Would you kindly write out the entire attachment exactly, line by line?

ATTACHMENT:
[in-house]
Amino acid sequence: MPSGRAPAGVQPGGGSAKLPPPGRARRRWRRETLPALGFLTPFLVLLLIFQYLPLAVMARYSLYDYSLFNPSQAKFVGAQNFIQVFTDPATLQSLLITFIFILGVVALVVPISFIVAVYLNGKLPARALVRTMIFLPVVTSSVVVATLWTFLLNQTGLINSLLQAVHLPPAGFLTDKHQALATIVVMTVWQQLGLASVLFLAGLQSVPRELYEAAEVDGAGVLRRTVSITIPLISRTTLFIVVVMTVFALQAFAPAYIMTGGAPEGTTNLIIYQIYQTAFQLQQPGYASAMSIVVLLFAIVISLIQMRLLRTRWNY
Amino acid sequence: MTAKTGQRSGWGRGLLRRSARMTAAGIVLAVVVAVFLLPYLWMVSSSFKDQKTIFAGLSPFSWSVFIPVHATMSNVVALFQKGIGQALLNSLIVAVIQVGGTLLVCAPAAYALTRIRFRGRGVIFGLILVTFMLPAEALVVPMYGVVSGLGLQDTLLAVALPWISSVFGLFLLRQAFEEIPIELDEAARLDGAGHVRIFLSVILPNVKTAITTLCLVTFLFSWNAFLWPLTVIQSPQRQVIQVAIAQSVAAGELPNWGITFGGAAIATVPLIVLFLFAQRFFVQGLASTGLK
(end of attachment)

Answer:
[in-house]
Amino acid sequence: MPSGRAPAGVQPGGGSAKLPPPGRARRRWRRETLPALGFLTPFLVLLLIFQYLPLAVMARYSLYDYSLFNPSQAKFVGAQNFIQVFTDPATLQSLLITFIFILGVVALVVPISFIVAVYLNGKLPARALVRTMIFLPVVTSSVVVATLWTFLLNQTGLINSLLQAVHLPPAGFLTDKHQALATIVVMTVWQQLGLASVLFLAGLQSVPRELYEAAEVDGAGVLRRTVSITIPLISRTTLFIVVVMTVFALQAFAPAYIMTGGAPEGTTNLIIYQIYQTAFQLQQPGYASAMSIVVLLFAIVISLIQMRLLRTRWNY
Amino acid sequence: MTAKTGQRSGWGRGLLRRSARMTAAGIVLAVVVAVFLLPYLWMVSSSFKDQKTIFAGLSPFSWSVFIPVHATMSNVVALFQKGIGQALLNSLIVAVIQVGGTLLVCAPAAYALTRIRFRGRGVIFGLILVTFMLPAEALVVPMYGVVSGLGLQDTLLAVALPWISSVFGLFLLRQAFEEIPIELDEAARLDGAGHVRIFLSVILPNVKTAITTLCLVTFLFSWNAFLWPLTVIQSPQRQVIQVAIAQSVAAGELPNWGITFGGAAIATVPLIVLFLFAQRFFVQGLASTGLK